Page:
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## Things Faster than the Internet: You in Your Car?

We’ve probably all been at the point where we wondered if it would be faster to walk to someone’s house with a flash drive rather than send them a file over the internet. If you haven’t, bear with me, because I sure have. As movies and games grow in size with each resolution or graphics upgrade, while internet speeds don’t always keep up, it’s easy to feel stuck as you watch a loading bar crawl across the screen. For some large commercial data transfers (think server farm backups for big corporations), it is entirely unreasonable to use a portion of their bandwidth (the amount of data that can be transferred via a given internet connection, also referred to as the connection speed or maximum data transfer rate), to handle this. In fact, it’s often faster to load it onto hard drives and ship it by truck.

Given that the average consumer probably doesn’t have petabytes of data to transfer around, but most likely has a much slower internet connection (by probably at least an order of magnitude or five), we might still run into this problem. For example, the average download speed of an American household sits around 140 Mb/s (megabits per second) according to statistics from Speedtest.net, a popular internet speed testing site. Let’s calculate how long it should take the average American to download a 60 GB (gigabyte, note the uppercase “B”) computer game.

$\frac{60\; \textrm{GB}}{140\; \textrm{Mb/s}} = \frac{60\; \textrm{GB} \cdot 8 \; \textrm{b/B} \cdot 1000 \; \textrm{Mb/Gb}}{140\; \textrm{Mb/s}} = 3429\; \textrm{s} \approx 57\; \textrm{min}$

So while that isn’t absolutely abysmal it sure isn’t exactly optimal. Realistically it would be even slower given time spent writing the game to your hard drive but for the sake of the argument we omit this. So at what point should we drive our home movie collection over to our cousins ourselves? Well, we can write up some Python code to find out!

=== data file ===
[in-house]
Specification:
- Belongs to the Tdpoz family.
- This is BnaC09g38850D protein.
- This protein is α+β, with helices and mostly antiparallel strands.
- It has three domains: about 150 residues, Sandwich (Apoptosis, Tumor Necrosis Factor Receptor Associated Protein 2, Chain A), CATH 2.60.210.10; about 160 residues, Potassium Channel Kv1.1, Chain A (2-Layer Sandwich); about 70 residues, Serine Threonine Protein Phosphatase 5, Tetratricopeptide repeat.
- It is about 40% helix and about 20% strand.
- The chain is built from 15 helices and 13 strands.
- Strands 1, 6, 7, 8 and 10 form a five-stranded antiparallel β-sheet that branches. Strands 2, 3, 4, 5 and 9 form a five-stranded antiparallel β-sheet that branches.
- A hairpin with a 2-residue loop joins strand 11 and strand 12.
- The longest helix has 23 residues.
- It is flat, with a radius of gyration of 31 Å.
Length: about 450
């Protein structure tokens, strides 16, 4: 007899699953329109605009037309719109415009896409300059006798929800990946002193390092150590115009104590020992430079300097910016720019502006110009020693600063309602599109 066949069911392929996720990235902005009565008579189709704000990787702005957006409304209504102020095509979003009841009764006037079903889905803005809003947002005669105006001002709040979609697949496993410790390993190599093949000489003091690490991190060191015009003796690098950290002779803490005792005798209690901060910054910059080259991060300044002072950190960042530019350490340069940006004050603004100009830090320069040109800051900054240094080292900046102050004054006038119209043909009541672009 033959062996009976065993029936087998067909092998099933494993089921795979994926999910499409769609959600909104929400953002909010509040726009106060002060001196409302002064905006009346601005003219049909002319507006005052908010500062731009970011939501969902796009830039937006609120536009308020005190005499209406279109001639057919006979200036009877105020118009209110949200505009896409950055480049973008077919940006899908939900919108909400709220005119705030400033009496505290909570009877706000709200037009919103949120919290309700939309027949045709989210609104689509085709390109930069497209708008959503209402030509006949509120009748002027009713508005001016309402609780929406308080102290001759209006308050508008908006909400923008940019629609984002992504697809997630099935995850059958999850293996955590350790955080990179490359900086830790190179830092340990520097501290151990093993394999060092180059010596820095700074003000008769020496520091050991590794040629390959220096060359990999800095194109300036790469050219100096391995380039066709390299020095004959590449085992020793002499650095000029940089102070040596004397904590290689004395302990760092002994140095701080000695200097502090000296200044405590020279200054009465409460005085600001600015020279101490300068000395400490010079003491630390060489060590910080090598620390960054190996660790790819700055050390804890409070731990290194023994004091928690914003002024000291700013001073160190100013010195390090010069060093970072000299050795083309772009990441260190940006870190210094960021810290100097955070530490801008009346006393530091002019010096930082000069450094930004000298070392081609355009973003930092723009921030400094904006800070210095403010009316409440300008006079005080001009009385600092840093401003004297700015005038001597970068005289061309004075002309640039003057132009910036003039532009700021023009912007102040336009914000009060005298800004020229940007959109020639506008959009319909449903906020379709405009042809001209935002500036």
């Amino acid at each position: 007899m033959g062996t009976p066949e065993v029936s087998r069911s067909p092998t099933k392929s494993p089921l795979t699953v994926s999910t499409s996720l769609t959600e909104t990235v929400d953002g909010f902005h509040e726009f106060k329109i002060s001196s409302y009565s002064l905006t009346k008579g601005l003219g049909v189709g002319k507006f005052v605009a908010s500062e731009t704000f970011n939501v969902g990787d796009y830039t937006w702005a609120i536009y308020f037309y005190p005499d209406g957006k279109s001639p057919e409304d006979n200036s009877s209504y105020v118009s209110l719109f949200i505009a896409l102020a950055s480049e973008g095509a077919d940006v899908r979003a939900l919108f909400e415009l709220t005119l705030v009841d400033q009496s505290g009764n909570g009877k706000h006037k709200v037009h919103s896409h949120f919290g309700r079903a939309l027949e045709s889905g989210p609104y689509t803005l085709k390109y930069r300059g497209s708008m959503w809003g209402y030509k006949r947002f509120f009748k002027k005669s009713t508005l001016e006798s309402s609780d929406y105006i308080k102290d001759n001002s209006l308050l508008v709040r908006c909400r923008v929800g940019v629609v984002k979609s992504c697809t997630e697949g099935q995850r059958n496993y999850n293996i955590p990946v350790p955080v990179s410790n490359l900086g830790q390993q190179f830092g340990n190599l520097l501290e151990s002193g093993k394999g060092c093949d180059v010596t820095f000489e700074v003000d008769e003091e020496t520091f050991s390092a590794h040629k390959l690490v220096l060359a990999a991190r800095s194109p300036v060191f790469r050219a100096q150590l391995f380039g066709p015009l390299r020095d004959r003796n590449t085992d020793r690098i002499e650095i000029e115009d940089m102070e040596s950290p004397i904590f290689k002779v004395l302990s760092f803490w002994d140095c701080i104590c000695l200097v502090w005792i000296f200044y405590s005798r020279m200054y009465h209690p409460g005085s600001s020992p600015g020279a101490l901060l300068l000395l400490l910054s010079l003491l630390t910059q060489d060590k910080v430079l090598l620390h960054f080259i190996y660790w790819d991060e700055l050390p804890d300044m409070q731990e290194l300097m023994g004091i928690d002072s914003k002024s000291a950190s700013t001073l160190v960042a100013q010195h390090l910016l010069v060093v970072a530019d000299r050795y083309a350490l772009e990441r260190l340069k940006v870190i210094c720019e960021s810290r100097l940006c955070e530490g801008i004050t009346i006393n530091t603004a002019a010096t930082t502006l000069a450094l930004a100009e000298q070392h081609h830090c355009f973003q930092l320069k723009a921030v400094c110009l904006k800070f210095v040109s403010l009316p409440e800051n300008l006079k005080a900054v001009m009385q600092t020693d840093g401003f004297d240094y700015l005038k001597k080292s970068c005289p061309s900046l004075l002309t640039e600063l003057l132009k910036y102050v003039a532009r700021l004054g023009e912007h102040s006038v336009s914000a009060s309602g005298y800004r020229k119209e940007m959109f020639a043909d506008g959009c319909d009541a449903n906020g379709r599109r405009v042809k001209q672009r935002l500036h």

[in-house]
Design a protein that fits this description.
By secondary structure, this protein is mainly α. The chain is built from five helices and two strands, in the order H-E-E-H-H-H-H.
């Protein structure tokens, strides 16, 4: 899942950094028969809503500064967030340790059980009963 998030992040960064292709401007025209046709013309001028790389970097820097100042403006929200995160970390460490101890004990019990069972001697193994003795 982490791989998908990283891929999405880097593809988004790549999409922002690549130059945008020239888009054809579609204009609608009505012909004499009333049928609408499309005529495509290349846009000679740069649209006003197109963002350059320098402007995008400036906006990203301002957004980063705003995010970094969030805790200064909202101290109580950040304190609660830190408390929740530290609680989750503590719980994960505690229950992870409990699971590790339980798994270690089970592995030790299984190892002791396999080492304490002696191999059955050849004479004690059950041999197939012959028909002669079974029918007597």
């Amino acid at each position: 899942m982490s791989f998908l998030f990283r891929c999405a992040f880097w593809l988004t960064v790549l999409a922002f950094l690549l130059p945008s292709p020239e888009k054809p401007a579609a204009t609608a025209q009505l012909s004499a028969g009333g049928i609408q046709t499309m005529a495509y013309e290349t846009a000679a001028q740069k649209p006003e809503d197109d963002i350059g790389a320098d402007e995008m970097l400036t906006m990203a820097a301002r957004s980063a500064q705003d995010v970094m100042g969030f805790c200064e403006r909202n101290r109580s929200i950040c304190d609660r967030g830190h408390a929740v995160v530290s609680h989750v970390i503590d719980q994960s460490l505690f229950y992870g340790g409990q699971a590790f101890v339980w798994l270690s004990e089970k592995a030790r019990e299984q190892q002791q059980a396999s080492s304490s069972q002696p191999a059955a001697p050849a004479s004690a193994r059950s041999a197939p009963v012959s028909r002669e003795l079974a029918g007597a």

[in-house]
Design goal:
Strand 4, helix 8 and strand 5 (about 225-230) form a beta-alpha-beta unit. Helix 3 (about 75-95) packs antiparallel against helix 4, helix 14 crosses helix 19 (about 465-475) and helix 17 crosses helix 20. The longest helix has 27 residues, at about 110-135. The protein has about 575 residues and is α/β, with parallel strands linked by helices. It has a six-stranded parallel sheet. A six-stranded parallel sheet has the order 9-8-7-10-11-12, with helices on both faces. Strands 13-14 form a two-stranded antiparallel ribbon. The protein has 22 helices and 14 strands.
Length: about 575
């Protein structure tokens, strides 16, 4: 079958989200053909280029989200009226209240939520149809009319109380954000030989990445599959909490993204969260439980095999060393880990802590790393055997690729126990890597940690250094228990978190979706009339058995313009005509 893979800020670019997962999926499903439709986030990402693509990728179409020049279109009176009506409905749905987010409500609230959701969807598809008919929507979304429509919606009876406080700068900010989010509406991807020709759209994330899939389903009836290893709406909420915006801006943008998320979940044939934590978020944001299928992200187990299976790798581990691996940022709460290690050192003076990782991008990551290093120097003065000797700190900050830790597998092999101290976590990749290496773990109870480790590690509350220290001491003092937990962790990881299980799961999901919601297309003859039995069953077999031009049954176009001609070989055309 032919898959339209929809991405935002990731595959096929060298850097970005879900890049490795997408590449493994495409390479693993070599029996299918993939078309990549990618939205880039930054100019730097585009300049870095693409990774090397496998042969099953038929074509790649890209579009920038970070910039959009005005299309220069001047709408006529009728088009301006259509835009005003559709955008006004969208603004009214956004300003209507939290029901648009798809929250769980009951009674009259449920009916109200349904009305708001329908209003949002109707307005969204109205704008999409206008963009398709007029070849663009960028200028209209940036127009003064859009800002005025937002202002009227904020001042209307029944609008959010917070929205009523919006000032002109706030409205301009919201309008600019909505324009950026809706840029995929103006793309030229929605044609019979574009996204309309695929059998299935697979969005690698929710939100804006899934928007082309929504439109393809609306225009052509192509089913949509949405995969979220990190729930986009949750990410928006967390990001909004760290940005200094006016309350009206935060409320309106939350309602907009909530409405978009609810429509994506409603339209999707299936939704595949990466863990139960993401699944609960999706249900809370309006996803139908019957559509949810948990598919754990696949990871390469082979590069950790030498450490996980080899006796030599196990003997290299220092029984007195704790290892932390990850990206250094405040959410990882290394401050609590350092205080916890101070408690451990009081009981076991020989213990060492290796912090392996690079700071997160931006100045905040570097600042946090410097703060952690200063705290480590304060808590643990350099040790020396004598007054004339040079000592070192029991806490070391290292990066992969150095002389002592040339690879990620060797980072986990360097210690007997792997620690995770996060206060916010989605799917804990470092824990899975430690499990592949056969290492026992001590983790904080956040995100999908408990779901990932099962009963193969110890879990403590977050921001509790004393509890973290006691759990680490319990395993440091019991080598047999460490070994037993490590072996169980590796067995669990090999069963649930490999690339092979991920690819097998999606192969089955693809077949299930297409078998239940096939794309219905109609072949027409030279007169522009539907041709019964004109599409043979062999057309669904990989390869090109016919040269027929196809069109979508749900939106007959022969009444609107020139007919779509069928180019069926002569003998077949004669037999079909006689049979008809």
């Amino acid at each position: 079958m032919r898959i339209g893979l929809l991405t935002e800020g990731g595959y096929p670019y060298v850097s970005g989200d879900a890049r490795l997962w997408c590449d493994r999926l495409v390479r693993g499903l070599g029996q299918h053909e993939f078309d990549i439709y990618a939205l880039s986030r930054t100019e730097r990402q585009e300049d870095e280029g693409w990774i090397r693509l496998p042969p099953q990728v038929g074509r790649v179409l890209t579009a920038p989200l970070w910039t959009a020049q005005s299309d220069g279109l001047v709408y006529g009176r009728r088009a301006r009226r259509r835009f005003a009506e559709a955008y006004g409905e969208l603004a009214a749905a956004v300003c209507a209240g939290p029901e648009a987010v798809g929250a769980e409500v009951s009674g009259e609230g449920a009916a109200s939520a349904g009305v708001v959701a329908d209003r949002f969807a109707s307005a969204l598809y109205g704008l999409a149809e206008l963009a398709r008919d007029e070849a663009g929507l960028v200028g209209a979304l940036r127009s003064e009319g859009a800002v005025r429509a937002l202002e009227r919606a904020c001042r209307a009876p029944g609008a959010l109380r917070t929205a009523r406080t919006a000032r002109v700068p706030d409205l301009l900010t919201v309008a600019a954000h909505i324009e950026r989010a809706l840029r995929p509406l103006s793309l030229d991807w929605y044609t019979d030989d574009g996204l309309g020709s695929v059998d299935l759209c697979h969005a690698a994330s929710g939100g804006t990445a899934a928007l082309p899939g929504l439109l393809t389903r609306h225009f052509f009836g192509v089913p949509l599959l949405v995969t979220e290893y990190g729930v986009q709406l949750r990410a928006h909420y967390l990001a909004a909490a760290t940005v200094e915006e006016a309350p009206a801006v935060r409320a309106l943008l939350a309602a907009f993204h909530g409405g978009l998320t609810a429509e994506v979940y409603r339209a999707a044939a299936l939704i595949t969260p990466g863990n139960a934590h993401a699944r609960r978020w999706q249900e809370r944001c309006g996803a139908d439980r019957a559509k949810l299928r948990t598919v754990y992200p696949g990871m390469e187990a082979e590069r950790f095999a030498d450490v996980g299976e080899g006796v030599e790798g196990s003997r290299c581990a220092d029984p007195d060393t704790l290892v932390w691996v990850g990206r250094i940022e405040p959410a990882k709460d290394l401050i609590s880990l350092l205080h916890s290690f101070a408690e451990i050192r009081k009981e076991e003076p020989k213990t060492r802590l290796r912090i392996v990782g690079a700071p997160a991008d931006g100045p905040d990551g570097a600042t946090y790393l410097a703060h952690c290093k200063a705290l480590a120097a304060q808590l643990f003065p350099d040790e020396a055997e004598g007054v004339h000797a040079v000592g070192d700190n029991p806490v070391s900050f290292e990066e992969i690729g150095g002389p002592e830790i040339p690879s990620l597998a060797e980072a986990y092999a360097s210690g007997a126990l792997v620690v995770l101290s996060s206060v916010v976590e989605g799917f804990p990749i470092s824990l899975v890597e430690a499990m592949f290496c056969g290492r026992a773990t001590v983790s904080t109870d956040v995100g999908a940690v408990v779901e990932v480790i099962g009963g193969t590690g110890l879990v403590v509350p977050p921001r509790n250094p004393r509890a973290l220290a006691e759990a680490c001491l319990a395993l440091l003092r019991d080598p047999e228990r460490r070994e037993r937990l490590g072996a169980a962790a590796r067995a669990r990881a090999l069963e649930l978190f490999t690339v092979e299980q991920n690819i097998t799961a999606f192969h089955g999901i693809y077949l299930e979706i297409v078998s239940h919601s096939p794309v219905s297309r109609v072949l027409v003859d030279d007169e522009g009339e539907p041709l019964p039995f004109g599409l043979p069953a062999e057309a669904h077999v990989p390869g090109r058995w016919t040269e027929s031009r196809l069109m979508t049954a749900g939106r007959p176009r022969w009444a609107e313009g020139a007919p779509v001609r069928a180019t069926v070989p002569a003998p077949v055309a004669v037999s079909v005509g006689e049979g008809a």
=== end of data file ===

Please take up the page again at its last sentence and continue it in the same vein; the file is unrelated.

Before we open our code editors, let’s start with the parameters of our model. Let’s say you average 30 mph on the first and final 5 miles of your journey due to local roads with lower speed limits. We can average any distance for the next 15 miles on either side to be moderate highway or country road driving at 50 mph, and the rest to be an interstate at 70 mph. This should account for how fast you really get to your cousin no matter how far away they live, and prevent the unrealistic case of driving across town at 70 mph. Now let’s write some Python code to express this time to transfer any arbitrary amount of data you can fit in your car as a function of distance to your destination. For the sake of the argument, we will assume that you have an absurdly large flash drive to give to your cousins.

# Time (in hours) to drive a given distance (in miles)
def time_to_drive(distance):
# If total distance is less than 10 miles, you average 30 mph
if(distance <= 10):
return distance/30
# For distances less than 40 miles, you average 50 mph for the middle miles
elif (distance <= 40):
return (10)/30 + (distance-10)/50
# For greater distances, we hit the interstate at 70mph
else:
return (10)/30 + (40-10)/50 + (distance-40)/70


Now with the help of Matplotlib, we can plot this function. Let’s compare it to a given file transfer over an average internet connection, which we can take as constant with respect to distance, but varying with respect to size (the time it takes to send the signal from you to your cousins is probably less than a second, and more likely than not under something like 300 ms). We will assume you have to upload to a cloud service, like Google Drive or Dropbox first (at the average American upload speed of around 50 Mb/s, according to Speedtest.net), then download at the aforementioned 140 Gb/s.

So this is pretty clear evidence that if you need to send 100 GB of data to someone 350 miles away, it’s actually faster to drive it than to send it over the internet via a cloud storage service. Once we get to the order of a few terabytes, local mail and shipping companies even become viable. So there you have it: once you have to send your cousin a terabyte’s worth of home movies across state lines, just mail it.